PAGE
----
“Good build-up of pressure on Jansen here. Two from 16 balls. It is a good build-up. They’ve got mid-on three quarters of the way back, they are tempting in with a build-up of pressure to hit over the top.”
On the very next ball, Janson lost his cool with just two runs on the board when he tried to go big off a Nathan Lyon ball. He instead went high, and Green was waiting on the ground below for his second catch of the day.
Just like Ponting said.
“The pressure was building, he wanted it Lyon,” said Ponting after the wicket.
“That is a good catch. It looks like a very easy catch on TV, it is not. You can get disorientated running back with the flight of the ball. Great partnership bowling from Australia.”
Shortly after Starc edged closer to his 300th text wicket, claiming number 299 thanks to Steve Smith in the slips. Keshav Maharaj was out for two runs from just six balls.
Then the Aussies finally got the wicket they were after when Smith was back in the action and caught Verreynne off Lyon in the 41st over. He had put on a solid 64 runs but not enough to get the South Africans out of trouble.
In just the next over Starc thought he had hit his magic milestone when Kagiso Rabada sent the ball straight into the hands of Travis Head at short leg. Unfortunately for Starc, Head couldn’t make the catch, and he remained on 299 for a while longer.
“He had it, he lost it!” cried Channel Seven commentator Matthew Hayden. “Didn’t quite get the money but good effort.”
His next chance was left in the hands of the DRS, when Cummins sent up a review on the call of not out for Rabada. It wasn’t meant to be, and Starc remained stuck on 299.
Lyon was the next wicket-taker when Anrich was caught behind by Head for a duck. He almost finished off the rest of the side with an LBW on Rabada, but DRS denied the wicket after seeing it had hit the batter’s glove.
It was Cummins who took the last South African wicket in just the 48th over of the day, thanks to Green catching Ngidi in the gully.
After a dominating performance with the ball, it was a shocking start from the Aussies with the bat, when David Warner was sent packing with a golden duck. He tried to block a quick ball that had picked up some extra bounce, the ball took the inside edge and was caught by a leaping one-handed Zondo at short leg
“He’s taken! First ball! It’s is a golden duck for David Warner!” exclaimed Fox commentator Adam Gilchrist.
When Labuschange was sent packing after Jansen delivered a beautifully angled ball across him that was caught by the South African skipper, the Aussies found themselves just 2/19. Khawaja followed after being perfectly bowled by substitute Anrich North and the hosts were at a loss at 3/23.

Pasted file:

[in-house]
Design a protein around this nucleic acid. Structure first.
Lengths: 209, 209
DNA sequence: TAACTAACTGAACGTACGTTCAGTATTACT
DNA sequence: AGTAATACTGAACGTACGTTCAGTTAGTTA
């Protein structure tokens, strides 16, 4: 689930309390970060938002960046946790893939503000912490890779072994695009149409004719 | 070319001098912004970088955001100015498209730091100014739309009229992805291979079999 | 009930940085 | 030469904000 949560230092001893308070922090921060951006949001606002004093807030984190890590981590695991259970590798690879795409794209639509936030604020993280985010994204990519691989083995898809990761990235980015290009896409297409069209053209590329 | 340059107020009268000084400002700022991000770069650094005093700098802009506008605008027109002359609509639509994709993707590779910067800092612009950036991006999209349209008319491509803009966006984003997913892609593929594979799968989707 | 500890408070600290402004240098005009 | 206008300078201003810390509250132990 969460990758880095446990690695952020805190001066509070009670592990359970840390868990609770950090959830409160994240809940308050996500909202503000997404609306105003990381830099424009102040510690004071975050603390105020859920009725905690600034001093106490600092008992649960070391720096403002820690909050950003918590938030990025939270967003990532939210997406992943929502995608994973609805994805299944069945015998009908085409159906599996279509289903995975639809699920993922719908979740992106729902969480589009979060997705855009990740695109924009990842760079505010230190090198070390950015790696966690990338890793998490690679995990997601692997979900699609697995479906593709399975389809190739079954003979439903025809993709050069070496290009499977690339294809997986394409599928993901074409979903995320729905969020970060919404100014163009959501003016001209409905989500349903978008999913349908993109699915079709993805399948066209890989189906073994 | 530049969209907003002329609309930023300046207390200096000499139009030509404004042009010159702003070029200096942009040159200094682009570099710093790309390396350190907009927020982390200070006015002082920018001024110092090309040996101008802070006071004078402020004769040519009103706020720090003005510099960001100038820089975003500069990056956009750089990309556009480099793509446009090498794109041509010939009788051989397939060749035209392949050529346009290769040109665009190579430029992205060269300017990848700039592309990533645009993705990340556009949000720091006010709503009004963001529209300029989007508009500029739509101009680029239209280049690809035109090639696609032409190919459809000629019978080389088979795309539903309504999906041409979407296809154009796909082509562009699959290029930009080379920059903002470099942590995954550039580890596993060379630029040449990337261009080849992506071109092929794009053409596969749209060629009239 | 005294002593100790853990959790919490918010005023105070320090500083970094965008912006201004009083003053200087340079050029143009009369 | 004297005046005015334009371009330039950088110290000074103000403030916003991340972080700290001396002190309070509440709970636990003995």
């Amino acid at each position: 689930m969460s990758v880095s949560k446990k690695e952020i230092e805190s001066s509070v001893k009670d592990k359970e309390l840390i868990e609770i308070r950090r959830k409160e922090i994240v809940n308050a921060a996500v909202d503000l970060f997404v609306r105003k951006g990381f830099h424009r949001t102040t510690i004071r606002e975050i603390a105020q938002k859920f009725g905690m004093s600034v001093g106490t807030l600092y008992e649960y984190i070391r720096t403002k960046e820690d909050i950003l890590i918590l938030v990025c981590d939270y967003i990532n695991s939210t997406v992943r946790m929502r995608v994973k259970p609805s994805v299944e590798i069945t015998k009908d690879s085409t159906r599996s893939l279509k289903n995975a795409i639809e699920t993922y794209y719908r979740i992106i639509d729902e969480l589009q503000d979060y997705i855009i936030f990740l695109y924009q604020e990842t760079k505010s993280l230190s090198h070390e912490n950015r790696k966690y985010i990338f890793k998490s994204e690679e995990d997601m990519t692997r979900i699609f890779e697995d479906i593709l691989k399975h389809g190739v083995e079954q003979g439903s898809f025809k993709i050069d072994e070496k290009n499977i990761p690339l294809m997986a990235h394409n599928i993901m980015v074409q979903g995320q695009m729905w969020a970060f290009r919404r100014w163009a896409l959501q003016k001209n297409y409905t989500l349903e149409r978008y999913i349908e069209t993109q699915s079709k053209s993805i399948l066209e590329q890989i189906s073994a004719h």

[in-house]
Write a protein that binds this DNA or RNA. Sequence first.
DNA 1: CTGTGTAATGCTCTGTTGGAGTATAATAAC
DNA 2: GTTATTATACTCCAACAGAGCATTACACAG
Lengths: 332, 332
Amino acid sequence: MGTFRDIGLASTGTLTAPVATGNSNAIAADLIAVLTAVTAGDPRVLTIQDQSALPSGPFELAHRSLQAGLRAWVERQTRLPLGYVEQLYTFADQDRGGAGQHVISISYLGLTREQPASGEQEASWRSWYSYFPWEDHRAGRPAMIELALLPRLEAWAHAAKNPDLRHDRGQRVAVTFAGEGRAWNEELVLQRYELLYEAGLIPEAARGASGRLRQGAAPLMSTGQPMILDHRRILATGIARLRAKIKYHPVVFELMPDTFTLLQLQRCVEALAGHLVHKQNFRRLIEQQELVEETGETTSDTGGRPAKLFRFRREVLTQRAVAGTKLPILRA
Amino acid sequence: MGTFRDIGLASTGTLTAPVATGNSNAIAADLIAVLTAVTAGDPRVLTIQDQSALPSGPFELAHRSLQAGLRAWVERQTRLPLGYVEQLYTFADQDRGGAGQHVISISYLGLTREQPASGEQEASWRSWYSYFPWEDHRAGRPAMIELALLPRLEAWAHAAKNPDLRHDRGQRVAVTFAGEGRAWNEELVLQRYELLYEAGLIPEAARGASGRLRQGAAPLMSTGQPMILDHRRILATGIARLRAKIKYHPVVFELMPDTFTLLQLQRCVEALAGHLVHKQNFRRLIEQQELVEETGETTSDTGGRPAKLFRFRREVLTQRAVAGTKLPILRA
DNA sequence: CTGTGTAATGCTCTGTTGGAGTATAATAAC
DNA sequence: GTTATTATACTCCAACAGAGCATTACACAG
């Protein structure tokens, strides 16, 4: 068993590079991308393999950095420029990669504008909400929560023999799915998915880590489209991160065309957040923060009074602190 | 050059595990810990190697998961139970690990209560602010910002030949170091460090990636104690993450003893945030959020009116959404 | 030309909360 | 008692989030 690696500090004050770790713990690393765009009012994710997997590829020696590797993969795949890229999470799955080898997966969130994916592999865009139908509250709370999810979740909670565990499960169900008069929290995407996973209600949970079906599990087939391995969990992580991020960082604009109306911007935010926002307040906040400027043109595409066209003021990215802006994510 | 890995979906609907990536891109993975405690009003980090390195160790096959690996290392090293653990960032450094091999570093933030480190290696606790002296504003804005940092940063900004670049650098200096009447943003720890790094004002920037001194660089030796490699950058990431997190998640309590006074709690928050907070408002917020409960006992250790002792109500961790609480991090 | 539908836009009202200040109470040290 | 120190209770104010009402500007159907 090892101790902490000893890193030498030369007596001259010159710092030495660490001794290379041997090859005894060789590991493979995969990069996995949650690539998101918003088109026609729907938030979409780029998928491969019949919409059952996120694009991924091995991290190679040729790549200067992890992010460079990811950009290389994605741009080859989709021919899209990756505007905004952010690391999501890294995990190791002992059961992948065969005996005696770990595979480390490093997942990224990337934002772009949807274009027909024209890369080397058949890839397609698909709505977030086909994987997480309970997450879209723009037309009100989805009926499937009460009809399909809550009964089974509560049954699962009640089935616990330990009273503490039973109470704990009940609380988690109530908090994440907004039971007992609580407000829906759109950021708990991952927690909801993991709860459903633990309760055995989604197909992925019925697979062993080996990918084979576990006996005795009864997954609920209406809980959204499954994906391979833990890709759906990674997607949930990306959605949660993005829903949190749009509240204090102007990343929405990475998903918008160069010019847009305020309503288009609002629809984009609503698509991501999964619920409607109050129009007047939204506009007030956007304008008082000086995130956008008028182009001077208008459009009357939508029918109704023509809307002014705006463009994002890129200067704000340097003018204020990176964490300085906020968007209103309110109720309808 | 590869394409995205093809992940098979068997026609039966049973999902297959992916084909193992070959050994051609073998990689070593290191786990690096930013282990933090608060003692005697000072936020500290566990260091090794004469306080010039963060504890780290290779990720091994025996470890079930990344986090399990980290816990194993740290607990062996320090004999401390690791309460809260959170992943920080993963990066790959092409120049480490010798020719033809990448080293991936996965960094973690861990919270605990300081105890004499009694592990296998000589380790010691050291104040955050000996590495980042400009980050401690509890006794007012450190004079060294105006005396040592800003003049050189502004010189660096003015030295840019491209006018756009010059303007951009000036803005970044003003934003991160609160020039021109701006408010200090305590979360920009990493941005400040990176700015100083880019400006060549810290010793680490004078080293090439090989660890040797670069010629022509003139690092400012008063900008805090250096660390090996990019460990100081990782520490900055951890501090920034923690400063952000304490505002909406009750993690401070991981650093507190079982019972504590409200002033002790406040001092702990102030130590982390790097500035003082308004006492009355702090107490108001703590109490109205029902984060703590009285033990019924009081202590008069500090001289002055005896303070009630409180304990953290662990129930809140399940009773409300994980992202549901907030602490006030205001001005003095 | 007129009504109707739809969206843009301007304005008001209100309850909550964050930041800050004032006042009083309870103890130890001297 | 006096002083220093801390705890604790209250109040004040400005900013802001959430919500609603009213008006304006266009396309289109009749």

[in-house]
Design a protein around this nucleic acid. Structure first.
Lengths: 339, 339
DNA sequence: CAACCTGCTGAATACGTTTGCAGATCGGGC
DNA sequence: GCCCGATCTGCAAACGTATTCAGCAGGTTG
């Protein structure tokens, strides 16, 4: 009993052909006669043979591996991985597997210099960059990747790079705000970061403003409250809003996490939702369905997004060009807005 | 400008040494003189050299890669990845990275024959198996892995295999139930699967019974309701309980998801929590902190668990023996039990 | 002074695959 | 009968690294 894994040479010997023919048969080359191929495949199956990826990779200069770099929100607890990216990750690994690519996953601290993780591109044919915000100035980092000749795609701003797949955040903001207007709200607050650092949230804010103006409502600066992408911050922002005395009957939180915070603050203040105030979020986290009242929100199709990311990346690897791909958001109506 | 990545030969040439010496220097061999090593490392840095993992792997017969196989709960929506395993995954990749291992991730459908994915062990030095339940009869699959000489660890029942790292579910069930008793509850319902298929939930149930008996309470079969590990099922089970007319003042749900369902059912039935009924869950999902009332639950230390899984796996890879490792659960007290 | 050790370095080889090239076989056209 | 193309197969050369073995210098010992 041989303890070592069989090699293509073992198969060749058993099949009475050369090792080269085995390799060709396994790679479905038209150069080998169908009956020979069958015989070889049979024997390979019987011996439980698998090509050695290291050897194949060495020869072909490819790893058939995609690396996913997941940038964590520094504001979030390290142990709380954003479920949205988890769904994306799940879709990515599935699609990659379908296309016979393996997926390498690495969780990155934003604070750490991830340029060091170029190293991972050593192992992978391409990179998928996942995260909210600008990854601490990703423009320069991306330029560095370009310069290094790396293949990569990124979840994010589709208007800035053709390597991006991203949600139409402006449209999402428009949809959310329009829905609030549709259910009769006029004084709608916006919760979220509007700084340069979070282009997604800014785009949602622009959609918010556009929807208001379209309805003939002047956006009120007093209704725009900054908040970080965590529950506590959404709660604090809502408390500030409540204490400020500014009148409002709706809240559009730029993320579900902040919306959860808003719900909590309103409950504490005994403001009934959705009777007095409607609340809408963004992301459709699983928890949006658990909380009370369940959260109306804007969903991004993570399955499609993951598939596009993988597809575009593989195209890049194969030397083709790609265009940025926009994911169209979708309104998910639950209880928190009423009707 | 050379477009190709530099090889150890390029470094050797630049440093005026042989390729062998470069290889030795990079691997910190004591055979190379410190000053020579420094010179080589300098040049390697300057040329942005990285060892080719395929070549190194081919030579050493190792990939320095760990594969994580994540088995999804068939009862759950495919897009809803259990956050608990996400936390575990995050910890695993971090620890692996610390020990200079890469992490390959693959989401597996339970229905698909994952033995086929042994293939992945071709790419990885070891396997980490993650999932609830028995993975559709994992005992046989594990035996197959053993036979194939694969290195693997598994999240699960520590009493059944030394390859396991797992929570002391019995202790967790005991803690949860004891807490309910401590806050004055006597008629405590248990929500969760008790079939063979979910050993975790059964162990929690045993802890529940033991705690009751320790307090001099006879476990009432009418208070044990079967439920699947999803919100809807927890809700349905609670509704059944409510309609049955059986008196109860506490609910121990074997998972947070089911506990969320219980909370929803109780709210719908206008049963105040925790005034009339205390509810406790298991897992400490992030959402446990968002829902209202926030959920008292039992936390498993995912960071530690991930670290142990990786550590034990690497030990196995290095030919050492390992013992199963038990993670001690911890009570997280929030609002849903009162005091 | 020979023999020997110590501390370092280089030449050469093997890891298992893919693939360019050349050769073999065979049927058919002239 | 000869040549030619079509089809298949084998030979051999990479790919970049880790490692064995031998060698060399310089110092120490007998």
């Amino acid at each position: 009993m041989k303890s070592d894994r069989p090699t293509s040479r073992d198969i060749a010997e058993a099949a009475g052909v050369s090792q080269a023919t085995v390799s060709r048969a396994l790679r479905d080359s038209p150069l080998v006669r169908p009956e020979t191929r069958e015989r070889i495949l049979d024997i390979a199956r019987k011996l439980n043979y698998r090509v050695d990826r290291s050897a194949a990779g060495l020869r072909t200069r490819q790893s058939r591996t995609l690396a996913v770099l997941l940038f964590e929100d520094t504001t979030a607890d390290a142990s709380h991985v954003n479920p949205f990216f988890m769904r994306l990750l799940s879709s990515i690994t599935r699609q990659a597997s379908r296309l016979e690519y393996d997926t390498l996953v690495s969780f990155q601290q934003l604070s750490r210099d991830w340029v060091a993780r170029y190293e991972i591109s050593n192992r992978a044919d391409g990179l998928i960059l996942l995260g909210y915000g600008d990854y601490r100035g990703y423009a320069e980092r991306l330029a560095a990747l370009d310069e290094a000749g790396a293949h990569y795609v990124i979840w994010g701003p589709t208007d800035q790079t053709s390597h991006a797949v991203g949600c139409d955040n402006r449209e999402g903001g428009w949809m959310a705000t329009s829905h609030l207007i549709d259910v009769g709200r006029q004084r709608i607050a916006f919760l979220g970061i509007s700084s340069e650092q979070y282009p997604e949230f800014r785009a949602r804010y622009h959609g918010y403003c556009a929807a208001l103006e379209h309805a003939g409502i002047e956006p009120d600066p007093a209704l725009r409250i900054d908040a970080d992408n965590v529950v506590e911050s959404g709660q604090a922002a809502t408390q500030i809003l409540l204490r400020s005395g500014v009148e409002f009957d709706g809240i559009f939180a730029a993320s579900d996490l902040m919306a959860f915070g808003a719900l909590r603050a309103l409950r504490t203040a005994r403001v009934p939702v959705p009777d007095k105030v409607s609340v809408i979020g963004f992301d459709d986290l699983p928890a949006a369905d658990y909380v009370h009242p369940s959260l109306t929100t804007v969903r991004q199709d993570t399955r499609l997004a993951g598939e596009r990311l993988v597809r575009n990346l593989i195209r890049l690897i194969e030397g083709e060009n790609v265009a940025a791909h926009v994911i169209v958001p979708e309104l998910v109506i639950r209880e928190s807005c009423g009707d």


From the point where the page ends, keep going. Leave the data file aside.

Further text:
With an hour left of play, and the Australians having clawed their way to 3/95, Fox commentator Ian Smith believed the South African needed a couple more wickets to feel level.
“Two more wickets and they are equal. Anything less, and they are behind for the day, ” said Smith.
“This is getting away from them. It’s becoming T20 figures.”
“This has to be a big spell…otherwise they are going to be at a deficit. And they wouldn’t have thought that earlier being three for not many.”
Just after that statement, Head brought up his 50, and the Aussies were well in control. By stumps he and Smith had forged a 121-run partnership, and the earlier scare at the start of the innings was a distant memory.
But Smith was right in the end, when Smith was bowled for 36, and nightwatchman Boland added just one before catching an edge and being taken by the keeper. Head finished his impressive innings not out for 72.
And we finished with a game on our hands.
It’s been a fierce rivalry between the two nations dating back to 1902. There was another explosive chapter written in 2018 thanks to the Aussies’ Cape Town ball-tampering scandal, as well as mockery of Warner as well as his wife Candice by South African fans.
That dark moment in Australian cricket was recently once again front and back page news, after Warner’s decision to no longer fight his captaincy ban for his involvement in the saga.
But thankfully today was all about cricket, and there was plenty of that to talk about.